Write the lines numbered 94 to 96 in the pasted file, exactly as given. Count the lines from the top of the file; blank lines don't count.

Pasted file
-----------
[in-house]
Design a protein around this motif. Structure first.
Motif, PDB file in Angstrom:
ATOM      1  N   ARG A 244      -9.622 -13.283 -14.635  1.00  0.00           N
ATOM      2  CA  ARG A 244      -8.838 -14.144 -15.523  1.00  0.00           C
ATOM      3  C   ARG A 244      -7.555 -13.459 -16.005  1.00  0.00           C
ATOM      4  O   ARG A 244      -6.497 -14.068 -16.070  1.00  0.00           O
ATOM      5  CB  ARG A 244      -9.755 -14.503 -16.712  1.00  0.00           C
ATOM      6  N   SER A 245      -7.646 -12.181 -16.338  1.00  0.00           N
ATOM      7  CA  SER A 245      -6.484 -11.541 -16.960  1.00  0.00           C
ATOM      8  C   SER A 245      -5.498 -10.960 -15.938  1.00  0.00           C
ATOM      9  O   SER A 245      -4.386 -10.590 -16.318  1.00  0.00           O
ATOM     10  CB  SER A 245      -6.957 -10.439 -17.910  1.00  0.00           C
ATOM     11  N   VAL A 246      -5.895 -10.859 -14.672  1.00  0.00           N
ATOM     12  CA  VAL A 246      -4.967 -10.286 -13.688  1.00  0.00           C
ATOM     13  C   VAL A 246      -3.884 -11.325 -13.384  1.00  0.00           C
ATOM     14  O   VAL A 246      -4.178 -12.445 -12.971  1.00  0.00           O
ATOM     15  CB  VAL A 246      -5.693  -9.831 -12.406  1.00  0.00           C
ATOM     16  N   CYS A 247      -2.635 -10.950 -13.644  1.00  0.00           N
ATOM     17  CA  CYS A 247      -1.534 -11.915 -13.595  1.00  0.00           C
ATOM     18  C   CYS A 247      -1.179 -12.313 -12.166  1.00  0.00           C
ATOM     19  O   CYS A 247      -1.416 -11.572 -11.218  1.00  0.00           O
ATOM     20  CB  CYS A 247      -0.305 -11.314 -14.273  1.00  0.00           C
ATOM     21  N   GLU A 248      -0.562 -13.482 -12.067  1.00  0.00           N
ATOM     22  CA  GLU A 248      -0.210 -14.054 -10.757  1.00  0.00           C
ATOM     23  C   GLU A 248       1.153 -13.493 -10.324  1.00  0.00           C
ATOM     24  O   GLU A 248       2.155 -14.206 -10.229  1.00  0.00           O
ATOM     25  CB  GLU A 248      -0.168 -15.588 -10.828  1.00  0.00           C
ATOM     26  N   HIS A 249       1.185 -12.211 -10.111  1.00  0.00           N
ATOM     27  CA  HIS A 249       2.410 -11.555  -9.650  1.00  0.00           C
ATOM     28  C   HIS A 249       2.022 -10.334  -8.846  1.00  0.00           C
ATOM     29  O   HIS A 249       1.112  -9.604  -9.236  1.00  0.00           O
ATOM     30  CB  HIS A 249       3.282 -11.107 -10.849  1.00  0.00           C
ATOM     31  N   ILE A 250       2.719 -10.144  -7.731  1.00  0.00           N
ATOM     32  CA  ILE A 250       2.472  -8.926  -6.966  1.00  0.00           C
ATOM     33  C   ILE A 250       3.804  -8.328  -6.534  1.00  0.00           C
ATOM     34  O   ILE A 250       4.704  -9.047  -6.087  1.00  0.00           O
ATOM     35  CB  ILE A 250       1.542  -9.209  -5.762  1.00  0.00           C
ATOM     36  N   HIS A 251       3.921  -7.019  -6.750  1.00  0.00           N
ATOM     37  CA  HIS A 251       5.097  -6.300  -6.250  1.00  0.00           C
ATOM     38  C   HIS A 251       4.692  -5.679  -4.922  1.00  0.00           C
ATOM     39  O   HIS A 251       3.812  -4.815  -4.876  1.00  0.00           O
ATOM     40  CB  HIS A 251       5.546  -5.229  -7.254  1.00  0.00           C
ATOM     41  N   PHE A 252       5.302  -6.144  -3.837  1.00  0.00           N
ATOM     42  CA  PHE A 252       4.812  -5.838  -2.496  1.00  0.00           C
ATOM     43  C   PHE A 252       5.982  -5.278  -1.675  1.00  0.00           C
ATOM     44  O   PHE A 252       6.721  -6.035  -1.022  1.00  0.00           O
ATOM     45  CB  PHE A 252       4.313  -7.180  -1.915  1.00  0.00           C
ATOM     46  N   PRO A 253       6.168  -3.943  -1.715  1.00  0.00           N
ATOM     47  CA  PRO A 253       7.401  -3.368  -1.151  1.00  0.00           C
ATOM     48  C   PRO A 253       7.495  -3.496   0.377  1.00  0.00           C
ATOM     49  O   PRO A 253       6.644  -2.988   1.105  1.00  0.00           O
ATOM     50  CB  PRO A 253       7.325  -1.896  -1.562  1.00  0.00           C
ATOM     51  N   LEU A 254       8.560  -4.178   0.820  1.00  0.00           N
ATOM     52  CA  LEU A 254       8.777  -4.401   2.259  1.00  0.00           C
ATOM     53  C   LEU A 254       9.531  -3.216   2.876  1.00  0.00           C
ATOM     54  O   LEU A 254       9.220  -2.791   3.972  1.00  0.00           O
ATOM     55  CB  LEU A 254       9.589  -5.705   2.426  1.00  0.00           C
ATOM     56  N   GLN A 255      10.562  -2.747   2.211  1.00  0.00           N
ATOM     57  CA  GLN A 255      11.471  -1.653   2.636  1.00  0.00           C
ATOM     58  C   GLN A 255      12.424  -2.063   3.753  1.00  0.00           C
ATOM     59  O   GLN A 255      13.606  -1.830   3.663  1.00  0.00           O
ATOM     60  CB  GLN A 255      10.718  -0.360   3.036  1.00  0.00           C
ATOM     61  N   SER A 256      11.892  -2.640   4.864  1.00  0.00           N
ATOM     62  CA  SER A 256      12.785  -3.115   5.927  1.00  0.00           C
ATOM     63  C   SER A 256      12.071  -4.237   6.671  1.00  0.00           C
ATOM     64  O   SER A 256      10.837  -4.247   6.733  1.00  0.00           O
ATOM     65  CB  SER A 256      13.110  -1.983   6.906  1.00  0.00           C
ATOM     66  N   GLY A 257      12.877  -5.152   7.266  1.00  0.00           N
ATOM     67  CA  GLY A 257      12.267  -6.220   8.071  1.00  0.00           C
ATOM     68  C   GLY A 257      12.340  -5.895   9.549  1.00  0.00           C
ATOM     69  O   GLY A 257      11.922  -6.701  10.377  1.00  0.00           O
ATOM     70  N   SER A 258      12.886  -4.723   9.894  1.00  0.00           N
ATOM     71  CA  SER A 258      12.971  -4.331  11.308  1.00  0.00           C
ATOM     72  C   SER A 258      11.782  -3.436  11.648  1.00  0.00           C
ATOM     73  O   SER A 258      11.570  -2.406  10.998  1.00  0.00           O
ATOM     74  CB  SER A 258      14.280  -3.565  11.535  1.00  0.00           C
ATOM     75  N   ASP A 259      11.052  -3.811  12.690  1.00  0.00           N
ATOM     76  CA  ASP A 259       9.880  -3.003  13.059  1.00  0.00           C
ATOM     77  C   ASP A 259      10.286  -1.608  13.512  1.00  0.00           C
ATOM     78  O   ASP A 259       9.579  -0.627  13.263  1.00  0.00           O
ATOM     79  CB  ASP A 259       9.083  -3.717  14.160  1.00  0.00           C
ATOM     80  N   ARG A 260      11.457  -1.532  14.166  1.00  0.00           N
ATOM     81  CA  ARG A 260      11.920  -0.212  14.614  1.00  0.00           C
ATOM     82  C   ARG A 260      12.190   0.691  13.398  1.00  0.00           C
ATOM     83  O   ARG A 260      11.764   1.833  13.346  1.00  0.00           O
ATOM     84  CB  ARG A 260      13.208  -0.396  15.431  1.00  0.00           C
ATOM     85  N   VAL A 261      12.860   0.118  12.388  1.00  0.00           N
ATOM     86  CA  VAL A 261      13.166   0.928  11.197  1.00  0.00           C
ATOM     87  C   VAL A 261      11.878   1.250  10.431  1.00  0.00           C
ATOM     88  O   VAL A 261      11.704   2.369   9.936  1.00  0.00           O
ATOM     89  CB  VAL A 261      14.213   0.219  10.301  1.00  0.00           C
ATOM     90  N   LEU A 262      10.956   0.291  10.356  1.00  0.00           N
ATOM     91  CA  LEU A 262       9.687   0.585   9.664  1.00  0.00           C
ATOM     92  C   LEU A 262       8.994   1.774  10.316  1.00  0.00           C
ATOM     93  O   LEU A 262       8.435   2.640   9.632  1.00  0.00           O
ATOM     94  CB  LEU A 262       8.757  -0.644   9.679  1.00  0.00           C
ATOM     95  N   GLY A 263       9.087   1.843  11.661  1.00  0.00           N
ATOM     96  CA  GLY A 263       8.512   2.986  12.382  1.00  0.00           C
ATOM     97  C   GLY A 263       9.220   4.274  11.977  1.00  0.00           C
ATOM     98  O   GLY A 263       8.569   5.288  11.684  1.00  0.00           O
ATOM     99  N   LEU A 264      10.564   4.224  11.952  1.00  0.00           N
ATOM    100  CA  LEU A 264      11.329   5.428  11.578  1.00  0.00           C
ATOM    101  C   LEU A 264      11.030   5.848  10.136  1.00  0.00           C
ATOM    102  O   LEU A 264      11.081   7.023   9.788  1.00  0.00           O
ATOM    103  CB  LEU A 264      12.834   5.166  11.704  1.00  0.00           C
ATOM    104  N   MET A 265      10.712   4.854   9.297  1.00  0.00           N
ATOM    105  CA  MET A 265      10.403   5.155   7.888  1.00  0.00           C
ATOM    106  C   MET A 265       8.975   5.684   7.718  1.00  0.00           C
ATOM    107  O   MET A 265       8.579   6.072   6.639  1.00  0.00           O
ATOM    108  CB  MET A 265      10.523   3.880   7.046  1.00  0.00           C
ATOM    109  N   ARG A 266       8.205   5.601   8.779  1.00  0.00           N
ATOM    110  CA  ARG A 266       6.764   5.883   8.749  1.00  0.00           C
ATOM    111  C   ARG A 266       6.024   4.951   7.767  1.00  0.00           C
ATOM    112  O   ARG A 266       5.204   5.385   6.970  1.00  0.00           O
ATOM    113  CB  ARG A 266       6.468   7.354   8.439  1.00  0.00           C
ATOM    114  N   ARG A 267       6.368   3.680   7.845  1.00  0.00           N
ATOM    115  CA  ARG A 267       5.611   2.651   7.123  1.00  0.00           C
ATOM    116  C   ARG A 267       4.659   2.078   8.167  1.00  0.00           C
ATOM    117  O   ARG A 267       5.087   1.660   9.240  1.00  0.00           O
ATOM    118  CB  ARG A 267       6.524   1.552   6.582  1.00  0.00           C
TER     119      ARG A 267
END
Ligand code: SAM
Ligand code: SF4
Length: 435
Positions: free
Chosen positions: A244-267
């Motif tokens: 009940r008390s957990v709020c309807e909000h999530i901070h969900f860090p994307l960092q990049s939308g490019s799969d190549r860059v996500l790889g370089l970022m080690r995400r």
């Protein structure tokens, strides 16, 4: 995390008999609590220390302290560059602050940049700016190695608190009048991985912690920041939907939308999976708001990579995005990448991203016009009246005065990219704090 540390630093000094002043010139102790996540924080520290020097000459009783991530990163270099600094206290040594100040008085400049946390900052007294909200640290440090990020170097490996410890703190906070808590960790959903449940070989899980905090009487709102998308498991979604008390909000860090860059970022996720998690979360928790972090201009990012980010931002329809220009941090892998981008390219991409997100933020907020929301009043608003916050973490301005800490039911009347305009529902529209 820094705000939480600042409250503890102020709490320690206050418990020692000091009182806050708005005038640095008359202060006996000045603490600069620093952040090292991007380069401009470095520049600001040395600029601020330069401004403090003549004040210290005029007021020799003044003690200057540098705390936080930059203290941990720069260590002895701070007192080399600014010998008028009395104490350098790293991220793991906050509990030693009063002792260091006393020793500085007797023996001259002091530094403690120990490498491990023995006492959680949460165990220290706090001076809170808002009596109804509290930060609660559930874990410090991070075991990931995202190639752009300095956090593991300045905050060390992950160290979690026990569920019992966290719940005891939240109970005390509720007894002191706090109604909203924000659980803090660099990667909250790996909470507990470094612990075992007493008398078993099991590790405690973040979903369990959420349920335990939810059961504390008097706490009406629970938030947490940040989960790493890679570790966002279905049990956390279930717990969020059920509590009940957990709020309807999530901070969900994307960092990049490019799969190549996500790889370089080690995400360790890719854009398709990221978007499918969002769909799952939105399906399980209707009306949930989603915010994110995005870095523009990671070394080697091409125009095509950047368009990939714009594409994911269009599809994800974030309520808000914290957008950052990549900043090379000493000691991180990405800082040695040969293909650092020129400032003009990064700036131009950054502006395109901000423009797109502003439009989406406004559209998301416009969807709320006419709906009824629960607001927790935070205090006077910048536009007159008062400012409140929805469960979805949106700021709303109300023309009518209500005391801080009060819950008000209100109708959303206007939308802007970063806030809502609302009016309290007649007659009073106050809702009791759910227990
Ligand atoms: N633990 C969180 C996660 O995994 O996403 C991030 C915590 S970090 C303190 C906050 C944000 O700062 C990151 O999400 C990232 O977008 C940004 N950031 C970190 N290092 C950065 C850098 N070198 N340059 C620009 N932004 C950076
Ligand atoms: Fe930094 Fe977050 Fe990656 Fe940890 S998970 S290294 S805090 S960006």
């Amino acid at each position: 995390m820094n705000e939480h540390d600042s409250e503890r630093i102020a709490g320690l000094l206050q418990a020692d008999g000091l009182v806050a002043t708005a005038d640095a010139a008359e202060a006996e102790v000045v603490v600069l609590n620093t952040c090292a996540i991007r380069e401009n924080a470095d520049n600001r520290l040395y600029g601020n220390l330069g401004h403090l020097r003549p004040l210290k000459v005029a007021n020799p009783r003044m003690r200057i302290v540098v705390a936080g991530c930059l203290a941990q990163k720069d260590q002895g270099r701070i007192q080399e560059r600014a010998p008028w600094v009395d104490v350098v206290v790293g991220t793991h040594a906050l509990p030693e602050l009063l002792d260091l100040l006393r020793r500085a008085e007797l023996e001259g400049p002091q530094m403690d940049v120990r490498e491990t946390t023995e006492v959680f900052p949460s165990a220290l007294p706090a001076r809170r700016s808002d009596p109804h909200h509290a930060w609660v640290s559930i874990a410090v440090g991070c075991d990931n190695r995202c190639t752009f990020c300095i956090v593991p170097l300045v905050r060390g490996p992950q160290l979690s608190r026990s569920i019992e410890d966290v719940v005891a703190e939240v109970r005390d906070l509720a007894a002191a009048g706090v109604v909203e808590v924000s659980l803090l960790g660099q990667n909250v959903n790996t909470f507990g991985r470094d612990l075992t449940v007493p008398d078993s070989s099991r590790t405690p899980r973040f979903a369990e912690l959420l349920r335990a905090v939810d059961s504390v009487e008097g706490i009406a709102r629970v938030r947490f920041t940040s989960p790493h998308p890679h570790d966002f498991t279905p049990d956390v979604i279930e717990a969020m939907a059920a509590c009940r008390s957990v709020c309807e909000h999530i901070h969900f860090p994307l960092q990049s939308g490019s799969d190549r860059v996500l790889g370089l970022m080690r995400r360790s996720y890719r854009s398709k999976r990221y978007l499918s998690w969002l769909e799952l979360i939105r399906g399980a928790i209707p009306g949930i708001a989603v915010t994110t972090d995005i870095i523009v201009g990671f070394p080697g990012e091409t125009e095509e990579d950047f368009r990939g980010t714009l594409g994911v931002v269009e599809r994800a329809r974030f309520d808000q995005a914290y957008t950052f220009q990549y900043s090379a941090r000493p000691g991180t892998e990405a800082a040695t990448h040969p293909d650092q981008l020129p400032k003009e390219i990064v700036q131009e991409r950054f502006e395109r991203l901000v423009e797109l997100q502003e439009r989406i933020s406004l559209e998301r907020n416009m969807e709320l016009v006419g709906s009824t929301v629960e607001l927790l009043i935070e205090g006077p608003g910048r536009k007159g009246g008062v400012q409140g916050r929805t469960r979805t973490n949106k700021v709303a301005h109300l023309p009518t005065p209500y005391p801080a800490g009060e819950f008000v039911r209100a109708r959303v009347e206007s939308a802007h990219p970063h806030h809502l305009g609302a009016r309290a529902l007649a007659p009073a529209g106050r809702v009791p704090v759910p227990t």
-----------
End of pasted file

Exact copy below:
ATOM     91  CA  LEU A 262       9.687   0.585   9.664  1.00  0.00           C
ATOM     92  C   LEU A 262       8.994   1.774  10.316  1.00  0.00           C
ATOM     93  O   LEU A 262       8.435   2.640   9.632  1.00  0.00           O